Christopher Buck ’83, founder of Retro Report, at Emerson College discussing the new documentary, Operation Ceasefire, created by his investigate news organization, during a screening and panel last week. To his left is the film’s executive producer, Kyra Darnton, Journalism Department Chair Janet Kolodzy, and event moderator, Journalism Associate Professor Roger House. Photo/Molly Loughman
By Molly Loughman
It’s been 30 years since palpable racial tension and rampant gun violence demoralized the streets of Boston, peaking with the widely publicized 1989 murder of Carol Stewart. The aftermath of that case forced previously combative community members to join forces and restore their city – a profoundly successful effort that challenged traditional policing and developed a new framework for fighting crime that is still practiced today.
Bringing this turbulent chapter of Boston’s history to life is 1983 Emerson alumnus Christopher Buck, through his 2018 documentary, Operation Ceasefire, which was presented by the School of Communication inside the Bright Family Screening Room during a public screening and panel discussion last week.
Through dramatic archival footage, photographs, and candid interviews, the 30-minute investigative documentary unveils how a sensationalized murder case, allegations of excessive police force, and public outrage over stop-and-frisk policing in minority neighborhoods came to a head and united distrustful parties, including the Boston Police Department, African-American pastors, gang members, and academics to address the prevalence of gun violence in the city. This resulting holistic approach of this partnership resulted in an 80 percent drop in Boston’s homicide rate over the course of the 1990s, as cited in the documentary.
“The Charles Stewart case was a match that ignited racial violence of different levels. It allowed an already abusive police department to crack down on ordinary people with impunity. It allowed the police department to engage in a military-style operation of community suppression,” said moderator and Emerson Journalism Associate Professor Roger House, who referred to himself as “a witness to the city at that time,” before discussing the citywide coalition of clergy used for gang outreach in Boston back then.
“The Ten-Point Ministerial Alliance was a unique demonstration of the exercise of black sovereignty in the city of Boston,” House said. “It was a coming together of the larger community to reclaim the streets and to set a moral tone for a generation lost. This film that you’ll watch tonight rediscovers this precious moment in the history of the city.”
Following the screening, Buck, alongside the film’s executive producer, Kyra Darnton, and Emerson Journalism Department Chair Janet Kolodzy, discussed Operation Ceasefire, and its relevancy to today’s issues surrounding civil rights and the appropriate use of police force.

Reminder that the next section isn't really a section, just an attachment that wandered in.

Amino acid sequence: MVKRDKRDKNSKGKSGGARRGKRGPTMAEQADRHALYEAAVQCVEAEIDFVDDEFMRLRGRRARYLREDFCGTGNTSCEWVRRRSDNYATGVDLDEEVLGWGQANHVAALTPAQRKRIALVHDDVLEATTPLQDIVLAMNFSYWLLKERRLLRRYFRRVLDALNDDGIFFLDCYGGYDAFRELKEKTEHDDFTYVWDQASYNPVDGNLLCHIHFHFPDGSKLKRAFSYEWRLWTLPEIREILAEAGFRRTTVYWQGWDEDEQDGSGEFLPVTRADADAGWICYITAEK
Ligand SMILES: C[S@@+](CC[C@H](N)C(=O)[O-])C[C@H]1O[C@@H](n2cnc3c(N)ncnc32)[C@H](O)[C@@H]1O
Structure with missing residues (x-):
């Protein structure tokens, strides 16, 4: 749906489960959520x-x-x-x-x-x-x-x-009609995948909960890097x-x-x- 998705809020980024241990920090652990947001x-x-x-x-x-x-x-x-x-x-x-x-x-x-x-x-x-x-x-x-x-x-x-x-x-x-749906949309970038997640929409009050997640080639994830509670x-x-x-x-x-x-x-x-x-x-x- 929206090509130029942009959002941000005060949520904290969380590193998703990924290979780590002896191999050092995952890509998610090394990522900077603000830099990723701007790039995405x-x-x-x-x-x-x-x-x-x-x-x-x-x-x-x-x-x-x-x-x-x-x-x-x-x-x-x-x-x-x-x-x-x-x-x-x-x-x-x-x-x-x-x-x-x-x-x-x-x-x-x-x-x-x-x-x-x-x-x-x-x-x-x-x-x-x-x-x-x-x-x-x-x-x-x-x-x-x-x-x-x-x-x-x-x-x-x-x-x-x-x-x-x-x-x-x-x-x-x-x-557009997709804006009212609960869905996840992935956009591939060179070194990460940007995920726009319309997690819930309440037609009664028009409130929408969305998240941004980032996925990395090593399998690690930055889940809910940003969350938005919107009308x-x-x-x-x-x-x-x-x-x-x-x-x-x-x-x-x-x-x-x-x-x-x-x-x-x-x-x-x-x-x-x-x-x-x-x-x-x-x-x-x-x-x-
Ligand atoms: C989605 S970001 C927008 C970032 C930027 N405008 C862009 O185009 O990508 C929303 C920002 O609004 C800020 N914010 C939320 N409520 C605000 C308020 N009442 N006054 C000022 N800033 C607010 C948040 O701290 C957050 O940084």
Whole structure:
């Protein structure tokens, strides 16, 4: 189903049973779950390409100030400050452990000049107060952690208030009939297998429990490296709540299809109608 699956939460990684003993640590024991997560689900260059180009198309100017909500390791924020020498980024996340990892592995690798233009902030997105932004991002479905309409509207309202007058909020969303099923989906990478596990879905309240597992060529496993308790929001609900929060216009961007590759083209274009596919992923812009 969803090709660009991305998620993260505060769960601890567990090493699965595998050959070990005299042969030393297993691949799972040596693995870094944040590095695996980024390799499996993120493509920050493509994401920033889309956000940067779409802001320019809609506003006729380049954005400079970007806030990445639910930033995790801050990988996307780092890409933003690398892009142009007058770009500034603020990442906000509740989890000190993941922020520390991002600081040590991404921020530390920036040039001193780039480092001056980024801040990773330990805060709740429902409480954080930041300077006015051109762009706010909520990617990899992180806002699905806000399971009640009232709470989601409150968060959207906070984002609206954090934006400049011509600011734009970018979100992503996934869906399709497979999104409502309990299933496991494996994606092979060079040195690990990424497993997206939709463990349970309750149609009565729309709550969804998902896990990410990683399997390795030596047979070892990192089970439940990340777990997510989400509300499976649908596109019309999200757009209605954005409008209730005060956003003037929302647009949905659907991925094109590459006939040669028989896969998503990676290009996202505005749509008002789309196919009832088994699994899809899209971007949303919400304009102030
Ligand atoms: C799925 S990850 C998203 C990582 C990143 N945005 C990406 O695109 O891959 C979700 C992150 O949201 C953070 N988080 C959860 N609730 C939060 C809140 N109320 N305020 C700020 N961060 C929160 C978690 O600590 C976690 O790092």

Buck is the founder of Retro Report, a nonprofit investigative news organization that describes itself as “a counterweight to the 24-hour news cycle,” seeking to arm the public with “a more complete picture of today’s most important stories.” Retro Report has produced more than 150 short documentaries and video series, and has partnered with The New York Times, The New Yorker, PBS, NBC, Politico, the Guardian, Univision, and Quartz, among others.
Operation Ceasefire, produced in partnership with The New Yorker, provides historical context for how law enforcement in Kalamazoo, Michigan, are addressing street violence via interventions with gang members. The documentary explains that like Boston 30 years ago, Kalamazoo community members and social service agencies are collaborating through a unique violence intervention and prevention program to reduce homicides and shootings.
“When you went into [gang members’ houses], you learned that they might be all that on the street, but at home they were the ones putting food on the table, making sure the [kids] get out for school. So, we started to get a bigger picture that this wasn’t a group of lost souls,” says retired Boston police officer Robert Merner in Operation Ceasefire, regarding his days addressing Boston’s gang violence three decades ago.
“When [Retro Report] was conceived, the idea was to look at stories that were important and see how they turned out. We adapted over the years by thinking we should be looking at current stories, providing the backdrop for them and going back and finding other stories that can educate us with how we got to this point,” said Buck.
“I think every story should have this [historic] context baked in, and I think we get so caught up in what’s the latest Tweet, what’s the latest moment in the news, that it’s too easy to lose interest because no one’s stepping back and saying we’ve been here before, here are the lessons and what we can learn,” added Darnton.